- Catch up on Podcasts or listen to Audiobooks while painting. Its been mentioned before to listen to music, or talk radio, and to not have the TV or a movie going on your computer (if you paint near either) but being a husband and a father of 2, my ME time is already stretched pretty thin. I also like to read, but seldom have time to do so AND spend on my hobby...audiobooks allow me to kill two birds with one stone, so to speak. (Fango)

- Only have the model (or unit if batch-painting) that you are currently working on out on your work-station at any given time. This will keep your area clean and stress free and wont distract you from completing the task. This is something that I still haven't mastered with my ADD personality...I tend to have loads of minis, from multiple game systems out on my desk...and I am constantly distracted by this and that, and never seem to make any real solid progress on anything. So, do as I say and not as I do. (Fango)


General:


Tools and Brushes


- Airbrushes are worth every penny, the GW air gun is a waste of your money(all it does is base coat, no detail). (Aerethan)

- for an airbrush you want a gravity fed dual action brush. (Aerethan)

- Rosemary & Co brushes(series 33) are just as good as Windsor and Newton Series 7 brushes at about half the price(plus R&C has a larger selection of sizes and types). (Aerethan)

- Xuron 410a and 420 micro shears are my favorite sprue cutters. The newer citadel cutters are also decent. (alterEgo)

- If the sprue attaches on a flat surface... it's difficult to cut the sprue absolutely clean, so sand with fine grit sandpaper. I use 320 grit from the hardware store then finish with micromesh 2400/3200 grit. (alterEgo)

- Buy a large quantity of number 11 hobby knife blades and refresh the blade often... when you are building your models a sharp blade will lead to much cleaner sprue cuts. (alterEgo)

- For GW plastic. use testors plastic model cement, the one with the tiny thin metal applicator. It's much easier to be accurate and dispense small amounts than the GW plastc glue, and once cured much stronger than using CA glue. It also has a 10 second 'dry time' which gives you enough time to carefully lay down glue and position large pieces (land raider sides and body being good examples). (alterEgo)

- The best 'files' to buy for cleaning up metal models are actually diamond grit 'rifflers.' You can find them on Amazon, eBay, or micromark. The set of 10 for around $22 is enough quality for modeling, no need to buy the ultra expensive pro grade ones.

Paints and Painting

- GW washes are waaay better that thinned down paint (MrMerlin)

- GW is NOT the only company that makes paints and brushes. Vallejo, Reaper and Privateer Press all make paints that are perfectly suited for the miniatures hobby. (Aerethan)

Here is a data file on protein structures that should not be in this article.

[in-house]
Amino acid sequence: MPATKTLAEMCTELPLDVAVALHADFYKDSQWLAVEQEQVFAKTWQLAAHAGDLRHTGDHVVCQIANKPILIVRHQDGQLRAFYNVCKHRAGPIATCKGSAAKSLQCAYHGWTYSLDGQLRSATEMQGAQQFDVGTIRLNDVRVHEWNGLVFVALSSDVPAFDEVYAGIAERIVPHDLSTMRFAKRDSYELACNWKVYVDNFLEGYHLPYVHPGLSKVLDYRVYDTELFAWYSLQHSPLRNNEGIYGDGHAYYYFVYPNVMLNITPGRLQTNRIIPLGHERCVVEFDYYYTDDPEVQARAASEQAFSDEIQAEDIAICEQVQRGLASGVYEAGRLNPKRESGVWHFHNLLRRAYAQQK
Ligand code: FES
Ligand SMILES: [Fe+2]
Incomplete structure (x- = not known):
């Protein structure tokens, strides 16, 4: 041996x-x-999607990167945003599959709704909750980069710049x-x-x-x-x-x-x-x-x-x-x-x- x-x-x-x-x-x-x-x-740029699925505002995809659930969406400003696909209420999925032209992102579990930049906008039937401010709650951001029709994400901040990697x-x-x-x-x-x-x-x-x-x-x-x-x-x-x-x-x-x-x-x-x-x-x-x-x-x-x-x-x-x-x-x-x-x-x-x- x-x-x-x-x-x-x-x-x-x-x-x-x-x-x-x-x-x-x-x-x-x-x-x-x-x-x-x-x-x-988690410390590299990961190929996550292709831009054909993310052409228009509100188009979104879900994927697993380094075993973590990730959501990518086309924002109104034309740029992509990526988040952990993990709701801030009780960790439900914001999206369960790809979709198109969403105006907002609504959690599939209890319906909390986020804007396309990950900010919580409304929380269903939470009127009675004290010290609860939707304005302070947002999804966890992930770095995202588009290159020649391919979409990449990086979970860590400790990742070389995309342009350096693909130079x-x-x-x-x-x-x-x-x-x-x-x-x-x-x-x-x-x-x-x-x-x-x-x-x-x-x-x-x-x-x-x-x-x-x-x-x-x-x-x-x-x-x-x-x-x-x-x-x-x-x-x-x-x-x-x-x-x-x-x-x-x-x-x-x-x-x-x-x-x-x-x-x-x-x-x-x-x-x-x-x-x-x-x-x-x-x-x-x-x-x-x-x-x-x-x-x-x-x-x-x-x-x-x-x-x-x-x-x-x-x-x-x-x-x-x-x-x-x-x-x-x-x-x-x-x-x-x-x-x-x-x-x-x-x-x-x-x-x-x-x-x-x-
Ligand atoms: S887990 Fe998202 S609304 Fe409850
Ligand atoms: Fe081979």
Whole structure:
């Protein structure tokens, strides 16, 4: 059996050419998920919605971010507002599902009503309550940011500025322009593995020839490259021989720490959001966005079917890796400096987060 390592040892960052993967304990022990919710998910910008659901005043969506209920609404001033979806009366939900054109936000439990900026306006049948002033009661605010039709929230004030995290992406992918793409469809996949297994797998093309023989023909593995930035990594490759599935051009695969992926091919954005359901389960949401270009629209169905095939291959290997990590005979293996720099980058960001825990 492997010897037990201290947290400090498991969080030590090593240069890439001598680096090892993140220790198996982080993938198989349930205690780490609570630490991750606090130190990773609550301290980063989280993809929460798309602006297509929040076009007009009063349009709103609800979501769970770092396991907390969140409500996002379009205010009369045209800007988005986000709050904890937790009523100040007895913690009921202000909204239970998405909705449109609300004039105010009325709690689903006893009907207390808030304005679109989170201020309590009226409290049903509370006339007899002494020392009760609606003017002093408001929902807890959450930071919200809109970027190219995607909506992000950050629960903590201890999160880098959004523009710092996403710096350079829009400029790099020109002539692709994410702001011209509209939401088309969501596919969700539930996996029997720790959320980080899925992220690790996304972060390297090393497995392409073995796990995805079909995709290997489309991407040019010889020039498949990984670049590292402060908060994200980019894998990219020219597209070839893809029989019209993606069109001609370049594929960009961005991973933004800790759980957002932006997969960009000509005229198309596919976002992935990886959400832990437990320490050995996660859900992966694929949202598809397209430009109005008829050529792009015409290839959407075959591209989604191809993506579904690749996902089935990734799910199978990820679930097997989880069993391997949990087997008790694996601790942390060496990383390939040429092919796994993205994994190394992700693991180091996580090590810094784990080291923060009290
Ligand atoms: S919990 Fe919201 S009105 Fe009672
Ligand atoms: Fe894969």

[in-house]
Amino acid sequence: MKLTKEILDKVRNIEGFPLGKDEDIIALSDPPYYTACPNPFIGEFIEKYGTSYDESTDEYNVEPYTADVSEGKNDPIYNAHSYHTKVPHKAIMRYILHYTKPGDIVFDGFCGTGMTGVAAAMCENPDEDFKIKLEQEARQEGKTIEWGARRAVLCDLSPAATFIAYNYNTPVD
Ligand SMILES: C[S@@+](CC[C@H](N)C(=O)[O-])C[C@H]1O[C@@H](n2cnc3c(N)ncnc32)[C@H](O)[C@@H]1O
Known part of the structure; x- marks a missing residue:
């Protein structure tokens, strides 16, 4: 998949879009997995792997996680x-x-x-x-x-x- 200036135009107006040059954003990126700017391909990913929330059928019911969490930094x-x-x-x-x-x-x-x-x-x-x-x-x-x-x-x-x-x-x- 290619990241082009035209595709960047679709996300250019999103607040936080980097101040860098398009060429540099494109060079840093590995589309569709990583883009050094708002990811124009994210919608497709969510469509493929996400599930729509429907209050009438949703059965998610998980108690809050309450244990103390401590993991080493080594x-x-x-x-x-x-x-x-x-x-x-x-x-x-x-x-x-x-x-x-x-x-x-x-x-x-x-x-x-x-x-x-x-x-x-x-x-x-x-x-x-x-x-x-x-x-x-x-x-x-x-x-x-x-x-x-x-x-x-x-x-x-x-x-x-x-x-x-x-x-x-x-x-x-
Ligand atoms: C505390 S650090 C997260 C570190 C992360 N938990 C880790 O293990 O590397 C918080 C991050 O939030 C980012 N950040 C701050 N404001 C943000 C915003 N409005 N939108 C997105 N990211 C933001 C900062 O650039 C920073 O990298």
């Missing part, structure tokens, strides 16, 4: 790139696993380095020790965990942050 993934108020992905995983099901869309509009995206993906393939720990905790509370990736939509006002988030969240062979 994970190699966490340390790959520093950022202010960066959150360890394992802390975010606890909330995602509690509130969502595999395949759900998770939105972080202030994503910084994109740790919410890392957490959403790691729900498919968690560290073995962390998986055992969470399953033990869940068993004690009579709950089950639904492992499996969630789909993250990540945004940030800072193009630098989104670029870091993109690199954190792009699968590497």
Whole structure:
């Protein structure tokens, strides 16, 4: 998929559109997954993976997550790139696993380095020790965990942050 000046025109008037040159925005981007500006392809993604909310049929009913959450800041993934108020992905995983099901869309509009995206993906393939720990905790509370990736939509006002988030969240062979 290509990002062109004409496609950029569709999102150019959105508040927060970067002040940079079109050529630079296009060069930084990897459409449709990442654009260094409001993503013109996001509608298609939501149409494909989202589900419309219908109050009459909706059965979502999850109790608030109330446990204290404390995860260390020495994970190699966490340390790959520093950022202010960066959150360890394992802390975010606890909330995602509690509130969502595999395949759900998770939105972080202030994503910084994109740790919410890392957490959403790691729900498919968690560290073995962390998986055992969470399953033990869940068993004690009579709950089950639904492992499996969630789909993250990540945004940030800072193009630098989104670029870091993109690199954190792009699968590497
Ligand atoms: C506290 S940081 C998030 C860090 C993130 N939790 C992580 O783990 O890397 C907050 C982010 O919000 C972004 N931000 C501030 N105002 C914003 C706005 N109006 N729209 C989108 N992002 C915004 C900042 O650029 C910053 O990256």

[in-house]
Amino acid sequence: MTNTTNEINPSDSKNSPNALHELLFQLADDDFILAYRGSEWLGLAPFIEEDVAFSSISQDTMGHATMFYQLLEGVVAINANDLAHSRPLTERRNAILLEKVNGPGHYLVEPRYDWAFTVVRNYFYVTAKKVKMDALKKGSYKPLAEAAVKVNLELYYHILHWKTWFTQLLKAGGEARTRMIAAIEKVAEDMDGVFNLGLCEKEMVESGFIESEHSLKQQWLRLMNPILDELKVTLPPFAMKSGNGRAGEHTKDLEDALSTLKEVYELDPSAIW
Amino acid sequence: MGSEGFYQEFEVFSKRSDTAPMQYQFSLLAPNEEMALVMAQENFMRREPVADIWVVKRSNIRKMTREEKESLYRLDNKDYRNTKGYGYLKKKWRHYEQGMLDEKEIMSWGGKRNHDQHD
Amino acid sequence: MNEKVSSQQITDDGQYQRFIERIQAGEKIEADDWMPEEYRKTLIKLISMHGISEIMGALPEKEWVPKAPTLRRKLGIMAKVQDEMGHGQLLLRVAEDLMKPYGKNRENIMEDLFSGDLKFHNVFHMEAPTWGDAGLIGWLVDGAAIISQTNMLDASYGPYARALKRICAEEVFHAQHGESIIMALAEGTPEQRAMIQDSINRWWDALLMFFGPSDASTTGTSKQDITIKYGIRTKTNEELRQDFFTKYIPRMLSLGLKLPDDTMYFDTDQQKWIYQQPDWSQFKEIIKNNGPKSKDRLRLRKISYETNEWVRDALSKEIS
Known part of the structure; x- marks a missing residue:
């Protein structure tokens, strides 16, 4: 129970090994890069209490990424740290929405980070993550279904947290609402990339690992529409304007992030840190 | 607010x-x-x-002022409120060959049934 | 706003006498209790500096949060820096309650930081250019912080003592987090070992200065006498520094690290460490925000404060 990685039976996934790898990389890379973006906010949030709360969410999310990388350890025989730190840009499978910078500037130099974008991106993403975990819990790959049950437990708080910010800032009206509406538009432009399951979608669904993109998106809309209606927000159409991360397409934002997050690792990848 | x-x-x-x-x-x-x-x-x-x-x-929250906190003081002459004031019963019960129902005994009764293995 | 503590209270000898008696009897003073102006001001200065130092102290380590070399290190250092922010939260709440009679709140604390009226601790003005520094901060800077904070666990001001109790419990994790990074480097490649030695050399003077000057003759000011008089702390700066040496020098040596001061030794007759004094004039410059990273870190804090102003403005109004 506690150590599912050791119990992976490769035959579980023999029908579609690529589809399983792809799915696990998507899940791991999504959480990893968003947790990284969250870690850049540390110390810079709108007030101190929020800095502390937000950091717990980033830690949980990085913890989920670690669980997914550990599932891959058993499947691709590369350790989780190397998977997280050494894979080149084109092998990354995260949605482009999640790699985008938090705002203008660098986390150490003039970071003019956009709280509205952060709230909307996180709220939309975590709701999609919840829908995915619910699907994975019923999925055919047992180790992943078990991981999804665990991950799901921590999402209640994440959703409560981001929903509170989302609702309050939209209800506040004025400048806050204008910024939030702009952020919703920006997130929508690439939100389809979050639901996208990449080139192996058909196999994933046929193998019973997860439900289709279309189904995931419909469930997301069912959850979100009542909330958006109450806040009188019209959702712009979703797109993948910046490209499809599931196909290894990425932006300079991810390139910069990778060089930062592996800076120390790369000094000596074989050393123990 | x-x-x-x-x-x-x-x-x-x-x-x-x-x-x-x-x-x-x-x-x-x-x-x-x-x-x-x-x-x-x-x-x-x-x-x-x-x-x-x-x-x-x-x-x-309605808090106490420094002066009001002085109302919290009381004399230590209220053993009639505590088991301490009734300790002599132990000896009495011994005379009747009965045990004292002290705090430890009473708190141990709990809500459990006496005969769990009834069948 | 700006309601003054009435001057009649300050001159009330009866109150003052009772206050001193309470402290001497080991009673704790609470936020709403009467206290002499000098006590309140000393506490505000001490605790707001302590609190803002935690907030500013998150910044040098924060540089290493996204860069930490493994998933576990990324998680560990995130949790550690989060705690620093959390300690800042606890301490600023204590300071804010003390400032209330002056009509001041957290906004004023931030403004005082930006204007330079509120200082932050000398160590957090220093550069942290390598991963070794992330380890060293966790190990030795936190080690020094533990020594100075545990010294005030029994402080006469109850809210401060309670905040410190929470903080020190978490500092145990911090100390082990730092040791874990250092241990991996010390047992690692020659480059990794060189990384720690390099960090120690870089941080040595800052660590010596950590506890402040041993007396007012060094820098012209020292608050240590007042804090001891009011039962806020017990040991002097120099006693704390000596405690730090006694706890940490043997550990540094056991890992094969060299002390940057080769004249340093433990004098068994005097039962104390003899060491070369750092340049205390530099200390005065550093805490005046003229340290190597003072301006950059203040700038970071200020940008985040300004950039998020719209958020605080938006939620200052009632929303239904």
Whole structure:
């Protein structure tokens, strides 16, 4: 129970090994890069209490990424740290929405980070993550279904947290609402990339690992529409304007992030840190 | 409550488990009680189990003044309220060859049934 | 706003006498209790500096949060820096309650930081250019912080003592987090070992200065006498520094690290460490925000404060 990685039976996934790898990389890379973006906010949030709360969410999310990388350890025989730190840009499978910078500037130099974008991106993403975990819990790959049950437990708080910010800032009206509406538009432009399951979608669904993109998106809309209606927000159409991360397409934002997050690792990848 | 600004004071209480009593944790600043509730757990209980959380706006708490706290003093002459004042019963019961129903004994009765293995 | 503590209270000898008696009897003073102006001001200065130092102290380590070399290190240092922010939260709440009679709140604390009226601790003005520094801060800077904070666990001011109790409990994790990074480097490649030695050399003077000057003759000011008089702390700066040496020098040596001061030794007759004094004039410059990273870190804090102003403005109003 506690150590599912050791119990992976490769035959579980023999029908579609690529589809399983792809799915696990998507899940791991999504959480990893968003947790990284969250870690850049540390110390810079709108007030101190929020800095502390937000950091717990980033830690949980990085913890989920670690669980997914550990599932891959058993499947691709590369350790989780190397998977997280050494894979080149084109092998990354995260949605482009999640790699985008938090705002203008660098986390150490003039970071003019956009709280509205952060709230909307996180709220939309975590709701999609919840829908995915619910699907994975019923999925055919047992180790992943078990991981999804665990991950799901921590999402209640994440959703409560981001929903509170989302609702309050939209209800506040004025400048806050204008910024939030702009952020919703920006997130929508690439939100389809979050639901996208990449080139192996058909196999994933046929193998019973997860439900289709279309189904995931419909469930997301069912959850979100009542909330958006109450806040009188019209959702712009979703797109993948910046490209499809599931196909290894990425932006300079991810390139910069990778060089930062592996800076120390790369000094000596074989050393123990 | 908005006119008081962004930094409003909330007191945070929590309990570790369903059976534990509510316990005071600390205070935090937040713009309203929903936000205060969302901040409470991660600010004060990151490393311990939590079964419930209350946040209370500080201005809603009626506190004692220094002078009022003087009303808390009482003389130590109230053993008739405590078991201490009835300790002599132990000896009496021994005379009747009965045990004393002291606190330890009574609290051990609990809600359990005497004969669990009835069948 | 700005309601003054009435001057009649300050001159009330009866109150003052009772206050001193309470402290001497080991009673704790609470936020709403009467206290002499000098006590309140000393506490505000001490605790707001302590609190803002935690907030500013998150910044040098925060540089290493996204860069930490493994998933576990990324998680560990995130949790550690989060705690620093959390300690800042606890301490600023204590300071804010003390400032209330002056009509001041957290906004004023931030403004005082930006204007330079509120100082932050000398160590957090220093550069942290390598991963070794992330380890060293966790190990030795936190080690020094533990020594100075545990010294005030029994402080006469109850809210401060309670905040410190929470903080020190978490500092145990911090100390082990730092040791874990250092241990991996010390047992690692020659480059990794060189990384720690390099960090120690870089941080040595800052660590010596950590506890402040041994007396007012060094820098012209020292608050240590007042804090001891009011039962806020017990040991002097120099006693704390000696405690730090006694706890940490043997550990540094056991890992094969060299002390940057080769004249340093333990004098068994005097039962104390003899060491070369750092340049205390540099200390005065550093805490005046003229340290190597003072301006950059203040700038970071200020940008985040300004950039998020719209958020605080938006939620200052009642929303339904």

- Always have a painting station that you cannot ruin by spilling paint. (I have a thick piece of paper that absorbs any and all mistakes. (Dabedman)

- Always keep lots of paper towels nearby. (Dabedman)

- I use milk bottle lids (the plastic ones - other drinks are available) to mix weathering powder washes in. (bubber)

- Never paint with bad lighting, it will lower you painting quality and detail in addition to straining your eyes. (headaches and eyesight issues may follow) (Dabedman)

- A palette is a wonderful thing, use one. Beastsofwar.com had a small tutorial in a grey knight terminator painting video they made. Also I think Girlpainting has a wet-palette tutorial on her youtube channel. Either way, use any sort of plastic for a palette if you don't feel fancy. (Dabedman)

- For resin and metal models, use a toothbrush to scrub with dish soap/water to clean the models of any mold release. SOMETIMES you can get away with skipping this step, but don't be suprised if your paint beads up and fails to adhere to the model. (alterEgo)

-Coat d'Arms also make acrylic paints - in fact they were once suppliers to GW.
They have flip-top lids that keep the paint well (I have some which are over 20 years old & still usable!!)
I recommend their DA Green over the GW one.
They also do a good range of inks. (bubber)

- I have used paint out of the tube from a craft store for years. They have high quality paints for much less.(that doesnt mean its better) Experiment with the different products!. The best mud/rust wash I ever used is a 5$ bottle of red brown liquitex, that holds the same as 4 or 5 bottles of GW paint,has a handy lid and washes like an ink with an almost gloss finish. for yellow I use winsor newton, its not about the company its about whats best for given situation. (Zariart)

Washes go on better over a gloss finish while drybrushing goes better over a matt finish - remember varnishing doesn't always have to be done just at the end, it can be used at different stages during the painting process to help the paint / inks act as you want them to. (bubber)